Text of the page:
Grades are important. Instructors structure their courses around deciding them; students expend enormous effort pursuing them; they form the only record of student performance every University feels obligated to retain. They’re also consequential. Grades provide students with their primary performance feedback, threshold course passage and the award of diplomas, and are combined to rank students for the receipt of awards and honors.
Unfortunately, grades are worn out, a tattered remnant of the last century’s bureaucratic needs. This exhaustion was anticipated from the start – grades serve too many masters.
“The experiment started by the faculty five years ago must be pronounced a complete failure. And both students and faculty have before now felt it to be a failure. There is no uniformity of grading, but the greatest divergence. It has come to be admitted openly that a student who is anxious to win honors must be careful to elect his work under certain teachers and avoid others as much as possible.”
That’s from a paper Max Meyer wrote in Science in 1908. He was describing just how dreadful it is to pretend to quantify something on an A-F scale when there’s no agreement at all on what the scale means. The image below comes from a 1930 internal report on grading here at the University of Michigan.
Right there at the start, Meyer could see that instructors were using grades in two wildly different ways. At one extreme, their sole purpose was to record relative performance: to rank. Grades awarded on a curve tell us nothing at all about absolute learning. At the other extreme, their sole purpose was to record absolute performance. Grades like this tell us how well the student met the (typically unrecorded) goals of the class. They don’t care about ranking.
Today, most classes award grades using systems torn between these two goals. A few retain a rigid curve, insisting that specific fractions of students will receive each grade, focusing on ranking. Most propose an ‘absolute’ scale, against which, in principal, every student could receive an A. In practice, few instructors are comfortable with that outcome, so they adjust a combination of their course expectations and grading standards to ensure an average grade between B+ and A-.
When a student gets a B in a world like this, we have very little idea what it means. Oh, we try to use context to guess what it means. What kind of context do we have? Usually just the name and number of the course. If it’s a big introductory course in a field like economics, we might assume that this is a pretty good grade. If it’s a grade for participation in marching band, we might guess that it’s not a good sign. But seriously, using a grade to assess what a student learned in a class is worse than a guess: it’s a part of writing a narrative which tells us whatever we want to hear.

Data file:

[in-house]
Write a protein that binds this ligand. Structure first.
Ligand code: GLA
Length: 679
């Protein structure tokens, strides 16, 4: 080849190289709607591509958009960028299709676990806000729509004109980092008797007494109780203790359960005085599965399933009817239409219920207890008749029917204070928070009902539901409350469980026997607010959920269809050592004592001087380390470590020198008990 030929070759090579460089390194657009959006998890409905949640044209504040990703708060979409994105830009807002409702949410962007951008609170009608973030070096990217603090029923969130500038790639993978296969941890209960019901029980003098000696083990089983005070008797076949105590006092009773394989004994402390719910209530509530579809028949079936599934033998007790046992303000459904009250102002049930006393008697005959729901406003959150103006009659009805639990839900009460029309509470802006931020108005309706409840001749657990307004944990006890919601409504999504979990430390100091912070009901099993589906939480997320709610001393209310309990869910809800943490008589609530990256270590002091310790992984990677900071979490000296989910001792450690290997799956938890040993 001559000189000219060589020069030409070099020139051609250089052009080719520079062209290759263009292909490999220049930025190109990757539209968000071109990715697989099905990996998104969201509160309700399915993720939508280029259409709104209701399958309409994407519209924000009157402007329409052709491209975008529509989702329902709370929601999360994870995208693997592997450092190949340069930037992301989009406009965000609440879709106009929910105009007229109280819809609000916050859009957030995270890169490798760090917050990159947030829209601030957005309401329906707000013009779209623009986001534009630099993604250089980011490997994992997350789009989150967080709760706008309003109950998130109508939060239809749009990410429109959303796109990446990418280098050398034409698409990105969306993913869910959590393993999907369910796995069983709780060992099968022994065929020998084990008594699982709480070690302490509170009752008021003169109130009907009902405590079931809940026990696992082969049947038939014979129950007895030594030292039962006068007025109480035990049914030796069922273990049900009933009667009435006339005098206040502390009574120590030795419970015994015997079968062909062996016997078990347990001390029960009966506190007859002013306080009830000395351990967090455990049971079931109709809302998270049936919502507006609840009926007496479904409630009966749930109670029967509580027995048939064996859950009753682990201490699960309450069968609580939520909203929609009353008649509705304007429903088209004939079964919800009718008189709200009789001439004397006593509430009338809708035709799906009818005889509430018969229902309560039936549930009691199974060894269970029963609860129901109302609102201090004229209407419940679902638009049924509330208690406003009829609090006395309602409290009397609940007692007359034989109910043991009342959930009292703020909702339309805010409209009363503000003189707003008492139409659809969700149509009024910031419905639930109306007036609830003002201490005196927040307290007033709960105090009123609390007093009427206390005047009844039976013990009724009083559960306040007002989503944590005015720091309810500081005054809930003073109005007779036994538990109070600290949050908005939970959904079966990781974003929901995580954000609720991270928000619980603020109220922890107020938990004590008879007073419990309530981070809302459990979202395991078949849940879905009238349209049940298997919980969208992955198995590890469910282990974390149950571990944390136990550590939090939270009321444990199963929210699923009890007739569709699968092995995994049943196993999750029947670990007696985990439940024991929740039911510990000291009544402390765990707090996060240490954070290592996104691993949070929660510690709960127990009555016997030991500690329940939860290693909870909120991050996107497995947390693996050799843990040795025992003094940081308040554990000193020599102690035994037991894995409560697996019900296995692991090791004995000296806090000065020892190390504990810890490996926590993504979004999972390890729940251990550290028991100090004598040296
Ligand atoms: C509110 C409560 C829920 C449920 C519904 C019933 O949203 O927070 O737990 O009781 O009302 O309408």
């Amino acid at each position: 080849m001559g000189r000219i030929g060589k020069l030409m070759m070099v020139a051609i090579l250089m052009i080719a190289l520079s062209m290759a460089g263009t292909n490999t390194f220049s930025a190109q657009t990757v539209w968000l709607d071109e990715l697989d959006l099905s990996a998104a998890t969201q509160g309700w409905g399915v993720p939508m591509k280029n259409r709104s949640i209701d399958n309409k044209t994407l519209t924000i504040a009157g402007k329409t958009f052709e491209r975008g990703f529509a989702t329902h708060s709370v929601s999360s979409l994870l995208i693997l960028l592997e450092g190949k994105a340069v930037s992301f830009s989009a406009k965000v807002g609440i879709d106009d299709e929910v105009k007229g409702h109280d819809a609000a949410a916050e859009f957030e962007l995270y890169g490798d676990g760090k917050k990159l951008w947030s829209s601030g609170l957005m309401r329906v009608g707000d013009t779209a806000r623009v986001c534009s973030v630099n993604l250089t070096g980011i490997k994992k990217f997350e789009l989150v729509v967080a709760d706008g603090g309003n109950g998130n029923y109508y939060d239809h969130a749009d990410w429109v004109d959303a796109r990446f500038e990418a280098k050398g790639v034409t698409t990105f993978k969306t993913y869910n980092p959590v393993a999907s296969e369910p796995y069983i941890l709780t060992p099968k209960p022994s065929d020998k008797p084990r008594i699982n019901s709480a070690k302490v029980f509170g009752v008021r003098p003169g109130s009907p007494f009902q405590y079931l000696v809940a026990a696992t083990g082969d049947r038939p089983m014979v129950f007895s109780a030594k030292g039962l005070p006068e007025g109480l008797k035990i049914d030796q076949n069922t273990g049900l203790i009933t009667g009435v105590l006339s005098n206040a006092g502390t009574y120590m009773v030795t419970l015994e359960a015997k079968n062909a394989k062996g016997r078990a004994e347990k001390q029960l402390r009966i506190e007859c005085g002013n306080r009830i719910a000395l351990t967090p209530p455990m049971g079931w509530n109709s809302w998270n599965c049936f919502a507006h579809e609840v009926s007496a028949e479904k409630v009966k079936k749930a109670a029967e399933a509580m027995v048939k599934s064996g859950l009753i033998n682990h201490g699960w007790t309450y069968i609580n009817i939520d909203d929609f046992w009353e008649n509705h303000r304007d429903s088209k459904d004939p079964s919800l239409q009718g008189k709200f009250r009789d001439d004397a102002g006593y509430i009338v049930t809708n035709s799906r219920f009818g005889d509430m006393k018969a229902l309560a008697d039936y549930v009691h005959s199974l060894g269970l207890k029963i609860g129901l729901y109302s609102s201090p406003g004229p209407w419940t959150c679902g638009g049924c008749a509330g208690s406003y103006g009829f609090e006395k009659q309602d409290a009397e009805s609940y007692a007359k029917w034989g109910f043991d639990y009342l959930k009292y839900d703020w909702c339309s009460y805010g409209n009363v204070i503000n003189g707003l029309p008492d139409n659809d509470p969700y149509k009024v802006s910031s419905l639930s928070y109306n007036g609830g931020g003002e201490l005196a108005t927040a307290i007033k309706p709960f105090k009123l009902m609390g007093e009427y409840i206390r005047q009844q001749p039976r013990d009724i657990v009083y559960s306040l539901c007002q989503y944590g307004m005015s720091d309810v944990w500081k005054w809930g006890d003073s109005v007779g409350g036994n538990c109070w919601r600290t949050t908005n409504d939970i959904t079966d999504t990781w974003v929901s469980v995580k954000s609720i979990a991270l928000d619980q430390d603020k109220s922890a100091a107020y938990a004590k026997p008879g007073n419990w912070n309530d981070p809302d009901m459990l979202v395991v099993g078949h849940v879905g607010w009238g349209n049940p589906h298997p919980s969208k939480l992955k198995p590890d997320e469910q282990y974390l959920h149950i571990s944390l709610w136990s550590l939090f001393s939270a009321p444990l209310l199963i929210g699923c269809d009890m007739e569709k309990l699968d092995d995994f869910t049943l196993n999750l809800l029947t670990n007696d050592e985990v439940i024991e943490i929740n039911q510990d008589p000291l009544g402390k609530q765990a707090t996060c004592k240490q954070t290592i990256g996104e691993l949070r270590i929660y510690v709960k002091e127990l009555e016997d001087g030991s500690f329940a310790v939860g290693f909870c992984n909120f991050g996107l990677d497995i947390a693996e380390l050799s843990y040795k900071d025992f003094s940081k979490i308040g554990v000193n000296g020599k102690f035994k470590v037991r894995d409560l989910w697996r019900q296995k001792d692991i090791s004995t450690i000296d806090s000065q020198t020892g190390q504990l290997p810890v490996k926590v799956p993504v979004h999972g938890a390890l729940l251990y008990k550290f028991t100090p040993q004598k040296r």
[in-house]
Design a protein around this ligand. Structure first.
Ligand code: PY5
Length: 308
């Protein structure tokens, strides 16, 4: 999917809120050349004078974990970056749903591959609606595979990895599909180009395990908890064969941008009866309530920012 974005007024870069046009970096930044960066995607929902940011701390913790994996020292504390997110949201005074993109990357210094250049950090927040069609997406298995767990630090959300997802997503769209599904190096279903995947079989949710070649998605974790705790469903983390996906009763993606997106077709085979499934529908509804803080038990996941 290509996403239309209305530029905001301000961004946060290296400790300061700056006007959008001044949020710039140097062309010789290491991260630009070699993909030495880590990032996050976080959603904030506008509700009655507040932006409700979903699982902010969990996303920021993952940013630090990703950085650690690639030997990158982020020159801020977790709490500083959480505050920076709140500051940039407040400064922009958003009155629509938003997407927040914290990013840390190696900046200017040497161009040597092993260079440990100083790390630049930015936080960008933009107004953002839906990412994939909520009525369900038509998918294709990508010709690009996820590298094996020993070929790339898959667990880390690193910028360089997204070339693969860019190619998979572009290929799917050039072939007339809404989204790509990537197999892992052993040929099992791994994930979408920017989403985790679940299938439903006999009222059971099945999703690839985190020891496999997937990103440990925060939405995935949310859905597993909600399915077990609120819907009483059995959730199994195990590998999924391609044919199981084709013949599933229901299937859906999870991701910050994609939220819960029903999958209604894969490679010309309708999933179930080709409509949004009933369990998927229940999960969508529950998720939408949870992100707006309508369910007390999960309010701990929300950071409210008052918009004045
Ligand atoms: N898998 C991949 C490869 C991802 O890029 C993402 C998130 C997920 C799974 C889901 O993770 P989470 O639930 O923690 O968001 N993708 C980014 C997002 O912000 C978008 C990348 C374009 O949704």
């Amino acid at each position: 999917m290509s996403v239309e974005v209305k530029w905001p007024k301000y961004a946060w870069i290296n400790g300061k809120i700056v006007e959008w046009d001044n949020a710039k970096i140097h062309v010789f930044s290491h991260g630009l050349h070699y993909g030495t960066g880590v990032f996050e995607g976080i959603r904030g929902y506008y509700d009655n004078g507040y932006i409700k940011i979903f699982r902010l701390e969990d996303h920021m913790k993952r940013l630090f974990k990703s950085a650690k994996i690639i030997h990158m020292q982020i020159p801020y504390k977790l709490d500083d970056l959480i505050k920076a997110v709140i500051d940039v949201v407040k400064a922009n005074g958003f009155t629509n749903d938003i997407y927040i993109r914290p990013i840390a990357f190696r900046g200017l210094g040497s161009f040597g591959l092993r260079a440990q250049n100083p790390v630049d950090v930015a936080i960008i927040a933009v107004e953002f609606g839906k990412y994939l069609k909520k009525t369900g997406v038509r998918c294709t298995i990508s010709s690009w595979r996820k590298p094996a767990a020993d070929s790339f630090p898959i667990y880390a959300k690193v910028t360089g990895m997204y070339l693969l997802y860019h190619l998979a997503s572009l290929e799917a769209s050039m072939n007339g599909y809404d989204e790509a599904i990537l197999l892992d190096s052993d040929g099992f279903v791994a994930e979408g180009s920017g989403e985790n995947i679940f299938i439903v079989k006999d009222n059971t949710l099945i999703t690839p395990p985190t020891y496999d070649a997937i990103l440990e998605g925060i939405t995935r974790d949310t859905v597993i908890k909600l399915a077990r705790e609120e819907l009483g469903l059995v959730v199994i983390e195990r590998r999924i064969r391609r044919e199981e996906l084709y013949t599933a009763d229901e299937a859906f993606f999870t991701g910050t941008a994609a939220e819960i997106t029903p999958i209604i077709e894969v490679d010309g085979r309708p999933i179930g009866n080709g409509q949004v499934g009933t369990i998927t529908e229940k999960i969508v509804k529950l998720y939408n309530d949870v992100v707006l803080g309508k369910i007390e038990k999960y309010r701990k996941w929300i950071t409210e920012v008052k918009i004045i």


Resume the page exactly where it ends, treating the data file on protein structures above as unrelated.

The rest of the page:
There are many ways we might set aside grades as they exist and move to something better. Hopefully, a new system will do what grades do, only much better. Ideally, it will accomplish new goals as well. But whatever we switch to will have to begin by taking on the functions grades perform today. What are they?
We need to provide students with meaningful performance feedback, threshold course passage and progress toward degrees, and help both the institution and the world beyond compare the performance of students. What’s worse, we need to do all of this across a wild array of experiences ranging from huge introductory courses to senior independent study, and from courses in creative writing to abstract algebra.
Sounds like a daunting challenge. There is good news though. Today, we do all this with letter grades, a broken down system which was declared a failure from the start. So whatever we come up with is almost certain to be better. I’m planning to weigh some of the many possibilities in future posts.